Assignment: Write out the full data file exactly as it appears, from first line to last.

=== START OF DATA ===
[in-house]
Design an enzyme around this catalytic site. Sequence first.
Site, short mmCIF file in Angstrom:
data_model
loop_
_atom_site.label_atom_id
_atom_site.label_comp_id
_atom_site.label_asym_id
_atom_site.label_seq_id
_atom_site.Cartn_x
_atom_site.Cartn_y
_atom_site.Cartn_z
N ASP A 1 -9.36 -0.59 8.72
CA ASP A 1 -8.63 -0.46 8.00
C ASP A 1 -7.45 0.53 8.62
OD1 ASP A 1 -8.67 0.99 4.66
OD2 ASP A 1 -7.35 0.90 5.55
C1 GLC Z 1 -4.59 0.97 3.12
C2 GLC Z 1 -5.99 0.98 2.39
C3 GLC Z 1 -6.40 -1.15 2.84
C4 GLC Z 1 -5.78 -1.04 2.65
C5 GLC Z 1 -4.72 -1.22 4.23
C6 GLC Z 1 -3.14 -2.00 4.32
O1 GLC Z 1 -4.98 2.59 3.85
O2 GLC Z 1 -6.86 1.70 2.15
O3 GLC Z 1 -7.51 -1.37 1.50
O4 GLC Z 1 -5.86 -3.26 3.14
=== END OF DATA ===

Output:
[in-house]
Design an enzyme around this catalytic site. Sequence first.
Site, short mmCIF file in Angstrom:
data_model
loop_
_atom_site.label_atom_id
_atom_site.label_comp_id
_atom_site.label_asym_id
_atom_site.label_seq_id
_atom_site.Cartn_x
_atom_site.Cartn_y
_atom_site.Cartn_z
N ASP A 1 -9.36 -0.59 8.72
CA ASP A 1 -8.63 -0.46 8.00
C ASP A 1 -7.45 0.53 8.62
OD1 ASP A 1 -8.67 0.99 4.66
OD2 ASP A 1 -7.35 0.90 5.55
C1 GLC Z 1 -4.59 0.97 3.12
C2 GLC Z 1 -5.99 0.98 2.39
C3 GLC Z 1 -6.40 -1.15 2.84
C4 GLC Z 1 -5.78 -1.04 2.65
C5 GLC Z 1 -4.72 -1.22 4.23
C6 GLC Z 1 -3.14 -2.00 4.32
O1 GLC Z 1 -4.98 2.59 3.85
O2 GLC Z 1 -6.86 1.70 2.15
O3 GLC Z 1 -7.51 -1.37 1.50
O4 GLC Z 1 -5.86 -3.26 3.14